The laws restricting interstate trash shipment were later ruled unconstitutional.
"It is not enough to pass a bill that isn't going to work or isn't funded and say you did something," Byrne said.
Byrne also has raised questions concerning Bolling's former employment at the Reciprocal Group, a Richmond area insurance company that collapsed after a fraud investigation involving high-ranking executives.
"It's a cheap shot," Bolling said. He worked at Reciprocal for 20 years and was a second vice president. He never was named in any lawsuits, and his campaign has released letters from the U.S. attorney's office and the state commission of insurance stating that he played no role in the case.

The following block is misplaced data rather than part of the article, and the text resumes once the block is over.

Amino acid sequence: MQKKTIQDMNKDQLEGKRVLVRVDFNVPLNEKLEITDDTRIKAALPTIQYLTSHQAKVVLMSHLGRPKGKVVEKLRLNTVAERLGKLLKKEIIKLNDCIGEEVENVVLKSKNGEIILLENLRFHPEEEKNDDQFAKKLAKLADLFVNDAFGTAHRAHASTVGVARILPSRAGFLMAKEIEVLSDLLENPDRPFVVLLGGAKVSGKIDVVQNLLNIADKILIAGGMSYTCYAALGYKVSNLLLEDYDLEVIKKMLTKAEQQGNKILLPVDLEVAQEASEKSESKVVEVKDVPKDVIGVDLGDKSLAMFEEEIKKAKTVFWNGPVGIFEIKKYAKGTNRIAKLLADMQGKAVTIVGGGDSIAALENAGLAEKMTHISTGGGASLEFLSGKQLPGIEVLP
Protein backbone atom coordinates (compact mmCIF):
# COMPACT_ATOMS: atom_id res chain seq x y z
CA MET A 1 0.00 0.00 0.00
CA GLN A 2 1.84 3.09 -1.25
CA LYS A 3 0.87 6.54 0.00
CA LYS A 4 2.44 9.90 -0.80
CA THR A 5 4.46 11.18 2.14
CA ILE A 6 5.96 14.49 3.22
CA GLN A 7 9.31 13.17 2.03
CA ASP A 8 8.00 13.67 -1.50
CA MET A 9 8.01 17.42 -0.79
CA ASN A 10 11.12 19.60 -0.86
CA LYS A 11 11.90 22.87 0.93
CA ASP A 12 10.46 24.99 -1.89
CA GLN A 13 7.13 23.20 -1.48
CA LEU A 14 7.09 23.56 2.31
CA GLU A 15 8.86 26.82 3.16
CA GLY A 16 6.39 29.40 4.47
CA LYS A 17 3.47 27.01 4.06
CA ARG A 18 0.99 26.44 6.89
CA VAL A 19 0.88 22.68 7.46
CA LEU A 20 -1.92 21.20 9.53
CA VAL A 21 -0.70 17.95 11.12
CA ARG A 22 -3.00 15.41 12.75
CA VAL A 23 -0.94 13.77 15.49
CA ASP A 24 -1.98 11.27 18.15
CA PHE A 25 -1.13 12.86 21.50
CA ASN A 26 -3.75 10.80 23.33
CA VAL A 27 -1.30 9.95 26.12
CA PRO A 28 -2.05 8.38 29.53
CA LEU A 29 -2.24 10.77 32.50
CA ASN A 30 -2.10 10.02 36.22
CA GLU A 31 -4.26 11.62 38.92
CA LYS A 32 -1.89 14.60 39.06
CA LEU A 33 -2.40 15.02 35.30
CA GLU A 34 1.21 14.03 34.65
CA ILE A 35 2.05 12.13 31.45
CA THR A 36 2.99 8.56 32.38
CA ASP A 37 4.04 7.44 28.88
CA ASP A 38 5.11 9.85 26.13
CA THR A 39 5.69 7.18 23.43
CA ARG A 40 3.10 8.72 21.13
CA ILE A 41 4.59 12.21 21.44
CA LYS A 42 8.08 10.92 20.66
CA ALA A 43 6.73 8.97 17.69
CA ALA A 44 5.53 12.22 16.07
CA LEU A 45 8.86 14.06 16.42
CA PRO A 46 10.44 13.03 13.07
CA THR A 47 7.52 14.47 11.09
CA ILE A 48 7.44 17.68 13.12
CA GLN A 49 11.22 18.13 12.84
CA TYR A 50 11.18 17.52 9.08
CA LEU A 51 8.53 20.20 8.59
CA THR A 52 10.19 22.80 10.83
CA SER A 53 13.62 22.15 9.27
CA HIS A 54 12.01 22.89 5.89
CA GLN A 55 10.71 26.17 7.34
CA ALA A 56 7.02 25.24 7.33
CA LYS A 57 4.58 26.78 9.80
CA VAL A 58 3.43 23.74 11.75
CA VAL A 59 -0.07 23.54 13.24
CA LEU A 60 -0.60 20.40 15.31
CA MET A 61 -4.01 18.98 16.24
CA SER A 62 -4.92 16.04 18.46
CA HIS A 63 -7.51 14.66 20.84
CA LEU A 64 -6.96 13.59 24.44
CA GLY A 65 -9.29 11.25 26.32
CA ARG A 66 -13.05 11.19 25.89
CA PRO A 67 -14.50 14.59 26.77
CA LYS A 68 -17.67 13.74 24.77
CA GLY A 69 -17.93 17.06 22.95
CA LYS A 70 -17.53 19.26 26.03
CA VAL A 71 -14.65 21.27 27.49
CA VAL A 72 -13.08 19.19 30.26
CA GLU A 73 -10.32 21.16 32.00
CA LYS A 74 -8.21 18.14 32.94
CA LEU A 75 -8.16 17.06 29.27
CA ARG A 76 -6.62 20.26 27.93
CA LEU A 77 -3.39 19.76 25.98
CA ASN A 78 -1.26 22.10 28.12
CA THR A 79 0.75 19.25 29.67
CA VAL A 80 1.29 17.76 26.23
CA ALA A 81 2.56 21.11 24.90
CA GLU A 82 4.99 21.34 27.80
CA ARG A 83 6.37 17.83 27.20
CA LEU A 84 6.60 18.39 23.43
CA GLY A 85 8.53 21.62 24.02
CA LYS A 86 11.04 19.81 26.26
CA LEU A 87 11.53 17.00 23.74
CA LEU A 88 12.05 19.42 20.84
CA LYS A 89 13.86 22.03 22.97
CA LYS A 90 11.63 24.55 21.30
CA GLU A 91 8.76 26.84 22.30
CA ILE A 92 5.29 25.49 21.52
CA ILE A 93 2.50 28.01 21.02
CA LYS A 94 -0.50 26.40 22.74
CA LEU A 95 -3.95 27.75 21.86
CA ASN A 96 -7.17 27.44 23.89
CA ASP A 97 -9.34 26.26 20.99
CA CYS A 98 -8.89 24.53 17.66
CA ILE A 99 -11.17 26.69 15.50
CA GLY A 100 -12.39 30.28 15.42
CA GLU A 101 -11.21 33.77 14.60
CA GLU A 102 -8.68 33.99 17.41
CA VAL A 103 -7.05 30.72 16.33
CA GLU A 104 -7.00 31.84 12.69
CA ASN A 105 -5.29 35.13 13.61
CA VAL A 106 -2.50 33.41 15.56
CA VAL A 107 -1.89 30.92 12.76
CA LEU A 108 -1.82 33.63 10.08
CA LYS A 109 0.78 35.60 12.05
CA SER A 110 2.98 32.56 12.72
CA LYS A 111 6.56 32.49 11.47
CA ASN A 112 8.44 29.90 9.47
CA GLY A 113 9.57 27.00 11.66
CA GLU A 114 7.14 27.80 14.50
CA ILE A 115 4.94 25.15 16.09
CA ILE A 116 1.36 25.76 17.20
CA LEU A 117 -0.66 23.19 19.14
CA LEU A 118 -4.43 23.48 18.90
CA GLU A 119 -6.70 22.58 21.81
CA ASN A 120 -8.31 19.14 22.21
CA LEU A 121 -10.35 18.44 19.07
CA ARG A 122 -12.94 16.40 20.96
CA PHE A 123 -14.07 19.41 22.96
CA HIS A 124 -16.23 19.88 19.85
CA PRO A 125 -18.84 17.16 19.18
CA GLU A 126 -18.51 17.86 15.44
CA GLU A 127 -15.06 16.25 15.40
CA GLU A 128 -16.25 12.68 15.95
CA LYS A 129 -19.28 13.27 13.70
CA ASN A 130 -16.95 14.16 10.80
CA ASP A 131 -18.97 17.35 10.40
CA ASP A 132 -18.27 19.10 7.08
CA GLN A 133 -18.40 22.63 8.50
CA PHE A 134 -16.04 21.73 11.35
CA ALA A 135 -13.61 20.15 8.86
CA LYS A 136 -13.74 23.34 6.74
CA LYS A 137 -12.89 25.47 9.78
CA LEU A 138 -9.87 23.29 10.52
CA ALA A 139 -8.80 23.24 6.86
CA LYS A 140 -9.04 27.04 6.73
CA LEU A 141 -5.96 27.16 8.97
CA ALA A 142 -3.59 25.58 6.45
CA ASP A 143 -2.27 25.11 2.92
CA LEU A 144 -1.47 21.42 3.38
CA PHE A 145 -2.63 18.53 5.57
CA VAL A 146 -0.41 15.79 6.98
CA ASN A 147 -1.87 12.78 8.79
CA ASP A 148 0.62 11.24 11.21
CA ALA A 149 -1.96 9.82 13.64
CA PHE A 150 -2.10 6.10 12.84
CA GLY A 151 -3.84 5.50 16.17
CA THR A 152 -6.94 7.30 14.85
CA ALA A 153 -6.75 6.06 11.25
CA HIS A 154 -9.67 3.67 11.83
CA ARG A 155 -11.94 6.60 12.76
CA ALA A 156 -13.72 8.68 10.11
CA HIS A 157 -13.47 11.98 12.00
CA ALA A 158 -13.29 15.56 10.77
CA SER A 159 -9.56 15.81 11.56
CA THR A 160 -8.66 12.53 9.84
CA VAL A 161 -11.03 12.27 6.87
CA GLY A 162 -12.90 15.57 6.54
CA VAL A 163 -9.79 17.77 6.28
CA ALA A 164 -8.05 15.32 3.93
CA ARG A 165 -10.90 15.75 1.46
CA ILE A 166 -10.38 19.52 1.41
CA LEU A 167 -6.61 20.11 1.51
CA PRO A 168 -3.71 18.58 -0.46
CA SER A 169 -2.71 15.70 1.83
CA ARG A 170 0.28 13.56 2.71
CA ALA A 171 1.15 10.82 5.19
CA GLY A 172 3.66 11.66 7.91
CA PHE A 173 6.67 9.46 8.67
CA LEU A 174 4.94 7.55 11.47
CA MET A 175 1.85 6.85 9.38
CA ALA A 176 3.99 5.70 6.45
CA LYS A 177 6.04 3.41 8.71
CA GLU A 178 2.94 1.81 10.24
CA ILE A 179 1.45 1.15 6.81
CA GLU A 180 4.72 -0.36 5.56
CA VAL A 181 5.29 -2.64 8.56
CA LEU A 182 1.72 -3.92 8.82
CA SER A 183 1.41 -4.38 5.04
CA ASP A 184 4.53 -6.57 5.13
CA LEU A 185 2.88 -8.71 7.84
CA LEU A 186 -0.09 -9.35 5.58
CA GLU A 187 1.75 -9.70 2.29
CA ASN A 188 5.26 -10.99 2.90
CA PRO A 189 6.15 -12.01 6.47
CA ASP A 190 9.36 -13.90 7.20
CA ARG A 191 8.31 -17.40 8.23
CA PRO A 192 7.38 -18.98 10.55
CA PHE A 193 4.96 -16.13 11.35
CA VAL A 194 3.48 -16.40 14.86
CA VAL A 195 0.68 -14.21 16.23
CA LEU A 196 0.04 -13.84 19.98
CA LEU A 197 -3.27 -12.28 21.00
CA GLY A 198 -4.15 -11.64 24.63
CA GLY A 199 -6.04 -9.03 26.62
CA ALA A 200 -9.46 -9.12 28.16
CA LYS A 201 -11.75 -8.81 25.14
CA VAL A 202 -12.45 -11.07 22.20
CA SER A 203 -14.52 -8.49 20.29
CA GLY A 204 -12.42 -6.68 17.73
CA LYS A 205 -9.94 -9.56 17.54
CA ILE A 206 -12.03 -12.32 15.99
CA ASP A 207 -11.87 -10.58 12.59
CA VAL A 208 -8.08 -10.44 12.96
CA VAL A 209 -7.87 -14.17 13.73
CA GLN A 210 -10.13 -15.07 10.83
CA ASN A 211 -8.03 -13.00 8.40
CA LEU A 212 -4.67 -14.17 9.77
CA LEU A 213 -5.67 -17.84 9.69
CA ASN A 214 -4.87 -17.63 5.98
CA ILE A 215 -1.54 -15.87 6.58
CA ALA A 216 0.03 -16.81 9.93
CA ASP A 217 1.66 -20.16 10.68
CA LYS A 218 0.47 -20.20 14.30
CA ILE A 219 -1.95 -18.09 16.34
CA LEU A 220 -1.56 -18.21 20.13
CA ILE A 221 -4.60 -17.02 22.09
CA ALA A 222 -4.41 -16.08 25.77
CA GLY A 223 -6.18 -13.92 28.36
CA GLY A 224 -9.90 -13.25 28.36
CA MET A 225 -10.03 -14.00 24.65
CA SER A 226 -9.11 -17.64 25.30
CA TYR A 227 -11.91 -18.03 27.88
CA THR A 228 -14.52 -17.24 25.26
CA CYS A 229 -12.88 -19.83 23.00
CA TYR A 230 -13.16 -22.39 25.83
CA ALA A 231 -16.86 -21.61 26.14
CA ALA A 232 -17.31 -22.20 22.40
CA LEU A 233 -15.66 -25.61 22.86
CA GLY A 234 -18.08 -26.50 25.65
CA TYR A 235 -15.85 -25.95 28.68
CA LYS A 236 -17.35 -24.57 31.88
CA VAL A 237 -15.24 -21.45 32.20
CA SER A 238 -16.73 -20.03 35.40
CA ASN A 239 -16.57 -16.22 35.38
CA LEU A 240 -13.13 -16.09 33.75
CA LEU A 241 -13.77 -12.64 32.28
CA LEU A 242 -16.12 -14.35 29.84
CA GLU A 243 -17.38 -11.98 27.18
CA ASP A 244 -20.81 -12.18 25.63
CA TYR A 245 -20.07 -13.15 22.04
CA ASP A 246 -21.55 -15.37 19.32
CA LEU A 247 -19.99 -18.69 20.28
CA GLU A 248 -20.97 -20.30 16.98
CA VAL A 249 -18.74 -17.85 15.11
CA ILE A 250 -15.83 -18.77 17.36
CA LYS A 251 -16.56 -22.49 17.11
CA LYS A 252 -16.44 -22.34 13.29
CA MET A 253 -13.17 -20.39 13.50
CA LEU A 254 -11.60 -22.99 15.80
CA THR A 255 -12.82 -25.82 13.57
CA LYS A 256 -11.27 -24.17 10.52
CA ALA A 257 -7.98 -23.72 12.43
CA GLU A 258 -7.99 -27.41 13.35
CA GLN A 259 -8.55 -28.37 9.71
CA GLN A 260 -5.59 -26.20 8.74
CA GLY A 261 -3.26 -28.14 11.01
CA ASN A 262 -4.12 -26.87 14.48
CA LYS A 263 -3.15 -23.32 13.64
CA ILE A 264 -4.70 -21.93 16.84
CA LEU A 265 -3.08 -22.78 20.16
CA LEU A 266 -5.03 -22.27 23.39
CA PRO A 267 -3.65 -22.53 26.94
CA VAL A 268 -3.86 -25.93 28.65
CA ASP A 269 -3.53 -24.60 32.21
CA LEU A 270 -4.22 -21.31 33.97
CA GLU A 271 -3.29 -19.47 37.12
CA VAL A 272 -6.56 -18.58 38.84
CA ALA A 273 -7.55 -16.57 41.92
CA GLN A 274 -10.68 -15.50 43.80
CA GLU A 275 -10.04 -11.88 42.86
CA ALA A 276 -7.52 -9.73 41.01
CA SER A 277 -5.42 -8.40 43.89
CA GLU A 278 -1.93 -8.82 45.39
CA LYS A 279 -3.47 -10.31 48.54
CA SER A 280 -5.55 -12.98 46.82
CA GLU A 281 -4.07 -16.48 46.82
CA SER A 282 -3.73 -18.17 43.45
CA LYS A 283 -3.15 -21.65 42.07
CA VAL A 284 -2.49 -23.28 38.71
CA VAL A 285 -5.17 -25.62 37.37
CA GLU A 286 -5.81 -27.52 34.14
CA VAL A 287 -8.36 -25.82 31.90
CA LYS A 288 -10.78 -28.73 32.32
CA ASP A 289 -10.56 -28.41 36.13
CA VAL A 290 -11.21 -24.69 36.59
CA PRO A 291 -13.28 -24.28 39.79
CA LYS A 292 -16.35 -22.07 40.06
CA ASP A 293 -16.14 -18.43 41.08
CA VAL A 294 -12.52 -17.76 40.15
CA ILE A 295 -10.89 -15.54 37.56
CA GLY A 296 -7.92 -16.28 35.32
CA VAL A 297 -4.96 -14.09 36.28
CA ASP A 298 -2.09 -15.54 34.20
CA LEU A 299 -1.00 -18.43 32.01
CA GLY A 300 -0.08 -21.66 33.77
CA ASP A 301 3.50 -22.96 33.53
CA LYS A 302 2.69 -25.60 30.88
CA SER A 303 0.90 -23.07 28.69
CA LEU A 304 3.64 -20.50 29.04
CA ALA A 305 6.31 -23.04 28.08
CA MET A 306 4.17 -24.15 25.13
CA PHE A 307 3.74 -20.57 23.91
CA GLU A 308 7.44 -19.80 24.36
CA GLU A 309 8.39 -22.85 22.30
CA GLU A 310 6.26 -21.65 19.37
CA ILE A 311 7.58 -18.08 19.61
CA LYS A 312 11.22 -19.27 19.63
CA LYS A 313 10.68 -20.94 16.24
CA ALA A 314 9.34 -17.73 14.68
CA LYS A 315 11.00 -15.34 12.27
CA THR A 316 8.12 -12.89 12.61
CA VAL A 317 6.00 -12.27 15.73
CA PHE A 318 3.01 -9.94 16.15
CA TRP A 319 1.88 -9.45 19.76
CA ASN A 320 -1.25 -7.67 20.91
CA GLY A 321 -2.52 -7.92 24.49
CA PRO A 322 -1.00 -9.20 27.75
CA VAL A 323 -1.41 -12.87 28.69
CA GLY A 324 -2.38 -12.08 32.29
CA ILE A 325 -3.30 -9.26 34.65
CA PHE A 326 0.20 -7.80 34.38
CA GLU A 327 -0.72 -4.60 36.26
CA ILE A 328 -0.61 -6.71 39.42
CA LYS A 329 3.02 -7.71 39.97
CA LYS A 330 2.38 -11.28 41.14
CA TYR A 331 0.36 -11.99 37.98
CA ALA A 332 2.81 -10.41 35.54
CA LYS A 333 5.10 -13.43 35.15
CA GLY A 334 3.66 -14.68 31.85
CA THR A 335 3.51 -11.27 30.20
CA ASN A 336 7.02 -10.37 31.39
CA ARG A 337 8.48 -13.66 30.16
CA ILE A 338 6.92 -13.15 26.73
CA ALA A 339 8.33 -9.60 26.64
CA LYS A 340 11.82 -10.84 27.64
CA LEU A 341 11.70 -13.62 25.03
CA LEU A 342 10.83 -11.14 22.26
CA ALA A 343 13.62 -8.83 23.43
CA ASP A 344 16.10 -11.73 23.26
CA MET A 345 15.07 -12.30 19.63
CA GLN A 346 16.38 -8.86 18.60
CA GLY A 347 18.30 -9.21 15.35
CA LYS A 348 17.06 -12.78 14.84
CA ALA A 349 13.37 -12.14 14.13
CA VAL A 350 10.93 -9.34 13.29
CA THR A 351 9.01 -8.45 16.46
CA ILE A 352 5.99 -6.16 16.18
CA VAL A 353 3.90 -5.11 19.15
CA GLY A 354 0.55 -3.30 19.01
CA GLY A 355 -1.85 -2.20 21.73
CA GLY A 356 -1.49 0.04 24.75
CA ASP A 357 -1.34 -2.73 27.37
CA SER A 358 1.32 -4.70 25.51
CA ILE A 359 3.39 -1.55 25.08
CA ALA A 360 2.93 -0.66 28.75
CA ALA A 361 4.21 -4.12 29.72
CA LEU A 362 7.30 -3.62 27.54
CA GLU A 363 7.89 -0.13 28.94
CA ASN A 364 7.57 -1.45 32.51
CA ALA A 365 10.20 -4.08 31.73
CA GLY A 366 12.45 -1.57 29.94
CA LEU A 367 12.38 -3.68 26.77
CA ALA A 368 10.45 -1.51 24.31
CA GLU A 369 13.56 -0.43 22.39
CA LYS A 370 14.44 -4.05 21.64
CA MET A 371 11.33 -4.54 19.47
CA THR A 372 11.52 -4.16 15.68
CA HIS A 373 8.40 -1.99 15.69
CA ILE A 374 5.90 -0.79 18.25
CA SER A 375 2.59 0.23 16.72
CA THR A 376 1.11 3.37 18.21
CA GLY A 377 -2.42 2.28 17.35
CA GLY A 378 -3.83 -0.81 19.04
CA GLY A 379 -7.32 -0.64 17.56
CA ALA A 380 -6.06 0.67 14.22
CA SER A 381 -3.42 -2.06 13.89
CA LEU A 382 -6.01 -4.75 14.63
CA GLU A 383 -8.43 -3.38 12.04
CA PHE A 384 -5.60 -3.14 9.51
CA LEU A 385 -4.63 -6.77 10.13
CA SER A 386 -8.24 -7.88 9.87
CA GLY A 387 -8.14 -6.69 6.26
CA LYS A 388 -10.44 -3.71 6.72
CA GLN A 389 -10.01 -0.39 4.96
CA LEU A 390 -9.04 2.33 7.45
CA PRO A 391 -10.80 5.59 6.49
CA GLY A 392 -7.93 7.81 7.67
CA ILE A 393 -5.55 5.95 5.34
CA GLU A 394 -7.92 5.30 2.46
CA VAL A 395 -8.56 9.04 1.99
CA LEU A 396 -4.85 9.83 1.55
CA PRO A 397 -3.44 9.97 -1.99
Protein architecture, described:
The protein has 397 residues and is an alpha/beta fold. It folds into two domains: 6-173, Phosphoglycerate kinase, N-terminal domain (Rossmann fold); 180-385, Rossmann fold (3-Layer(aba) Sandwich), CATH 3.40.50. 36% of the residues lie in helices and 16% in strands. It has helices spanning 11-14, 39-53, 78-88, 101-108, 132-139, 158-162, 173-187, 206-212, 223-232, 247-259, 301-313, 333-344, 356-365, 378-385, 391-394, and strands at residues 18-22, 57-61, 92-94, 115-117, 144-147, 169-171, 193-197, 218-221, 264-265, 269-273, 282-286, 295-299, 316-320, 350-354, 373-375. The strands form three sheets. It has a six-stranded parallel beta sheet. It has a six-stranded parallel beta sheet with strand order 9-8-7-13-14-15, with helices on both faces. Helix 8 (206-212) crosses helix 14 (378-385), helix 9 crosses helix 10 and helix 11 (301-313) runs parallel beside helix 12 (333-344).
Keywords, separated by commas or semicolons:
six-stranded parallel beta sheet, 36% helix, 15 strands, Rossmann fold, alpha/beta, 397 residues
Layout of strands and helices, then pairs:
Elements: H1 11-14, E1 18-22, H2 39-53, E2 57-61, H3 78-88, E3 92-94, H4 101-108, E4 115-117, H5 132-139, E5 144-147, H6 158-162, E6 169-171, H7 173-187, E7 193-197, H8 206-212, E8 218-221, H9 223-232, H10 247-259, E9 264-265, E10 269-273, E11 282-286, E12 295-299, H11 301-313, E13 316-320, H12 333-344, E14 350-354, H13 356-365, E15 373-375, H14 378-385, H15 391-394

Although the lieutenant governor's job consists largely of presiding over the state Senate, Bolling has an ambitious platform that includes the extra $1 billion in spending on services.
He said he believes that Virginia's robust economy will provide ample revenue and that no tax increases will be required.
Many Republicans in the Senate have said the economy cannot be counted on to grow at its current pace and that the costs of maintaining schools, prisons and health services will increase by billions of dollars in the next two years.
Byrne has said that Bolling's policy initiatives are disingenuous because he is partly basing his programs on a budget that was made solvent by the very tax package he opposed last year.
"You can't say you're going to spend all this money without saying how you're going to raise money," she said. "People see through it."
Bolling insists, as he tried to explain to the group in Winchester this month, that his approach is one of balance. "Sometimes people think that conservatives don't believe there's a proper role for government," he said. "There is a role. . . . I just want to keep it focused on core responsibilities."